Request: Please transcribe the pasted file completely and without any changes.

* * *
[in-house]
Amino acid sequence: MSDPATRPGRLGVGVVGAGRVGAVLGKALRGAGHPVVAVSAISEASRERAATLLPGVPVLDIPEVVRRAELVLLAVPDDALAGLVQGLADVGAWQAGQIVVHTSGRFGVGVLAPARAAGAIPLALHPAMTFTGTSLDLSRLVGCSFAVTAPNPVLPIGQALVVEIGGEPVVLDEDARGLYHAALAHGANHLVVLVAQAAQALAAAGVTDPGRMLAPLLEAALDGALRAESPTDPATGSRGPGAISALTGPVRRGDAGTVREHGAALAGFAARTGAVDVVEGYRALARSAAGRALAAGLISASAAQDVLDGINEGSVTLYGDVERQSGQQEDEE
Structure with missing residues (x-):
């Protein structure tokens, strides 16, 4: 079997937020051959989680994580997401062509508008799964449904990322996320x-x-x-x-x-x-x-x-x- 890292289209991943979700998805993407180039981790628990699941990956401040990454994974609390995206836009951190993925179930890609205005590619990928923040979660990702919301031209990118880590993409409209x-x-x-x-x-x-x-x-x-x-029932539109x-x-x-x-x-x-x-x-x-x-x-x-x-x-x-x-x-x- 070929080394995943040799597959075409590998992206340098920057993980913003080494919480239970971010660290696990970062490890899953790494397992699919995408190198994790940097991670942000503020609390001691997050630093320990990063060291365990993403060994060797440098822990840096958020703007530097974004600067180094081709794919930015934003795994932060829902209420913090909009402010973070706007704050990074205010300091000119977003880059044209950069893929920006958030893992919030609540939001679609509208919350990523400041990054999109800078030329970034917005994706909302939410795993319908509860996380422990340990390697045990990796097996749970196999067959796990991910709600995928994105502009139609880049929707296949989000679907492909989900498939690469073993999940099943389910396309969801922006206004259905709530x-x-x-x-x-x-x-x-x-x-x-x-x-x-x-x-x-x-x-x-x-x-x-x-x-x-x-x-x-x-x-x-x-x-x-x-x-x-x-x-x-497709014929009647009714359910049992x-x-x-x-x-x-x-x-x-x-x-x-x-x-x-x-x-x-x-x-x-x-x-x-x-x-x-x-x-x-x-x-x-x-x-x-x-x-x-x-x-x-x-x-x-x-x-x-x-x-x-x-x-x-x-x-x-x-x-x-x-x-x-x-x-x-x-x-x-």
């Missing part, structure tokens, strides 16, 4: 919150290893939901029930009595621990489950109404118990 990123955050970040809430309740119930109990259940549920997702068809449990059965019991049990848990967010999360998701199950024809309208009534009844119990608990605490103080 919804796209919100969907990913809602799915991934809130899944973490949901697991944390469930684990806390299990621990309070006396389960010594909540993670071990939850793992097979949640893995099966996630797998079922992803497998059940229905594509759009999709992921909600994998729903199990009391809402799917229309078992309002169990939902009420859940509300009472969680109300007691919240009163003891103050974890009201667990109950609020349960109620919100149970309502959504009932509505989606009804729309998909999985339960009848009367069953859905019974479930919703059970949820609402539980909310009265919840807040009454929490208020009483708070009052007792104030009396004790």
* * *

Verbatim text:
[in-house]
Amino acid sequence: MSDPATRPGRLGVGVVGAGRVGAVLGKALRGAGHPVVAVSAISEASRERAATLLPGVPVLDIPEVVRRAELVLLAVPDDALAGLVQGLADVGAWQAGQIVVHTSGRFGVGVLAPARAAGAIPLALHPAMTFTGTSLDLSRLVGCSFAVTAPNPVLPIGQALVVEIGGEPVVLDEDARGLYHAALAHGANHLVVLVAQAAQALAAAGVTDPGRMLAPLLEAALDGALRAESPTDPATGSRGPGAISALTGPVRRGDAGTVREHGAALAGFAARTGAVDVVEGYRALARSAAGRALAAGLISASAAQDVLDGINEGSVTLYGDVERQSGQQEDEE
Structure with missing residues (x-):
């Protein structure tokens, strides 16, 4: 079997937020051959989680994580997401062509508008799964449904990322996320x-x-x-x-x-x-x-x-x- 890292289209991943979700998805993407180039981790628990699941990956401040990454994974609390995206836009951190993925179930890609205005590619990928923040979660990702919301031209990118880590993409409209x-x-x-x-x-x-x-x-x-x-029932539109x-x-x-x-x-x-x-x-x-x-x-x-x-x-x-x-x-x- 070929080394995943040799597959075409590998992206340098920057993980913003080494919480239970971010660290696990970062490890899953790494397992699919995408190198994790940097991670942000503020609390001691997050630093320990990063060291365990993403060994060797440098822990840096958020703007530097974004600067180094081709794919930015934003795994932060829902209420913090909009402010973070706007704050990074205010300091000119977003880059044209950069893929920006958030893992919030609540939001679609509208919350990523400041990054999109800078030329970034917005994706909302939410795993319908509860996380422990340990390697045990990796097996749970196999067959796990991910709600995928994105502009139609880049929707296949989000679907492909989900498939690469073993999940099943389910396309969801922006206004259905709530x-x-x-x-x-x-x-x-x-x-x-x-x-x-x-x-x-x-x-x-x-x-x-x-x-x-x-x-x-x-x-x-x-x-x-x-x-x-x-x-x-497709014929009647009714359910049992x-x-x-x-x-x-x-x-x-x-x-x-x-x-x-x-x-x-x-x-x-x-x-x-x-x-x-x-x-x-x-x-x-x-x-x-x-x-x-x-x-x-x-x-x-x-x-x-x-x-x-x-x-x-x-x-x-x-x-x-x-x-x-x-x-x-x-x-x-």
């Missing part, structure tokens, strides 16, 4: 919150290893939901029930009595621990489950109404118990 990123955050970040809430309740119930109990259940549920997702068809449990059965019991049990848990967010999360998701199950024809309208009534009844119990608990605490103080 919804796209919100969907990913809602799915991934809130899944973490949901697991944390469930684990806390299990621990309070006396389960010594909540993670071990939850793992097979949640893995099966996630797998079922992803497998059940229905594509759009999709992921909600994998729903199990009391809402799917229309078992309002169990939902009420859940509300009472969680109300007691919240009163003891103050974890009201667990109950609020349960109620919100149970309502959504009932509505989606009804729309998909999985339960009848009367069953859905019974479930919703059970949820609402539980909310009265919840807040009454929490208020009483708070009052007792104030009396004790």